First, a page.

Uncle Bobs Tips

Installing Ceiling Lights

Installing Ceiling Lights

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If you're tired of staring at an ugly old bulb hanging from the ceiling or need a change from your current ceiling scenery, you may want to try your hand at this easy install ceiling lights project. Installing ceiling lights can be done in half an hour and you are left with an impressive looking fixture to replace the bare bulb or flat fixture that once was. Here is how to install a ceiling light quickly and easily.


NOTE: Depending on your fixture and present lighting situation, this procedure may vary slightly.

1. First you have to get rid of the old fixture (if there is one). Remove the decorative dome and unscrew the crossbar. Carefully lower the old fixture. NOTE: A common problem people encounter during this stage is that the old fixture was larger than the new fixture being installed. Therefore the hole is bigger than the provided mounting bracket. The solution to this problem is to install a new electric box either screwed directly into the joist or one with a resizing bracket.

2. Turn off power before you begin. You should test the wires using a wire tester (make sure the switch to the light is on, obviously) to ensure that power has been properly shut off to all wires you'll be working with.

3. If installing a flush mount dome, make your life easier and measure the height of the dome on a flat surface. This will tell you how long the threaded tube should be (attached to the mounting strap), instead of having to adjust while you're already balancing up in the air. You should also measure the distance and adjust properly the pipe length when installing a hanging fixture. Be sure to tighten the nut at the end so the tube doesn't move out of place, negating your careful measuring and planning.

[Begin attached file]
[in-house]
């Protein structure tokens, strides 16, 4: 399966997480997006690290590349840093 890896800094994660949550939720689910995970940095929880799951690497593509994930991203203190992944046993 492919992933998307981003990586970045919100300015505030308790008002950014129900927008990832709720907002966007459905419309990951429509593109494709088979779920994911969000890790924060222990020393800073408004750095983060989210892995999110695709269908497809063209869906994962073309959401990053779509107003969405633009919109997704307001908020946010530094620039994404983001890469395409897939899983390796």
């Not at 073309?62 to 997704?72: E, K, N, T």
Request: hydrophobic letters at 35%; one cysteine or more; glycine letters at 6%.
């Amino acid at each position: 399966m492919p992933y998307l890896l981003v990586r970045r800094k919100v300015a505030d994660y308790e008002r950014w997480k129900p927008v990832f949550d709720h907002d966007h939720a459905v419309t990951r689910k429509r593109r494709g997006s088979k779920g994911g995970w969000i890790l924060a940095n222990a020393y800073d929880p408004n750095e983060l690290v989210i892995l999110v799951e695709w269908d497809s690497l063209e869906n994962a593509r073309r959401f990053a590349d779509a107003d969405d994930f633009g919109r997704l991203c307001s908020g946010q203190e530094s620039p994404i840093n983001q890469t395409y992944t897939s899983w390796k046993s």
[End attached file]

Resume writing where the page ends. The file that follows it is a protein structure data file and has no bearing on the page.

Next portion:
4. Take out the old fixture as described above and disconnect the wires. Some fixtures will come with their own electric boxes, so you should remove the old one if this is the case (though, you don't have to). Note: If you are replacing an old fixture for a new one, adjustments may be necessary to ensure that the mounting screws can be properly grounded into the ceiling.

5. Attach the threaded tube and mounting bar to the electrical box. You will probably need an extra pair of hands to help support the weight of the fixture while you attach and tighten screws.

6. Now you can start connecting the wires according to color. The green or bare copper wire will be wrapped around the green or bare copper ground screw on the mounting strap/metal box. The black wires should be connected with wire nuts, and the white wires, as well.

7. Secure the light fixture to the ceiling once all wire connections have been made. With a flush mount unit, use a washer and a nut to secure the base unit in place.

8. Replace light bulb(s) and attach the glass dome using whatever finials the fixture is provided with.


Running wires- If there is no convenient space (such as an open basement ceiling, extra room in a vent area or under a gap in the baseboard), you can run the necessary wires through the back of a closet. Conceal these wires with an inconspicuous and neat wire channel (these can be metal or plastic and are sometimes called raceways).

Connecting the electrical wires- This is a simple procedure that is wonderfully color-coded for your convenience. Simply connect black (live) to the black or dark colored screw/wire, the white (neutral) to the light colored brass screw/white wire and ground to ground (green or bare copper wire).

When connecting a new fixture to the wiring system of an old one, use a wire nut and pigtail to make the connection. (Never attach both wires under the fixtures terminal screw.) Take the black wire from the old fixture and join it to the new black wire using the wire nut. The pigtail is used to connect to the terminal of the old black wire. Do the same thing for the white wires. Finish off connecting the ground wires with a final wire nut and closing the fixture back up.

Warning: Pre-1985 wiring systems are not equipped to handle fixtures that require 90-degree rated supply wires. These fixtures can overheat and cause electrical fires to occur. If you have non-metallic sheathed cable, you can check for the letter coding NM-B or UF-B to signify whether or not your system can handle this type of fixture.

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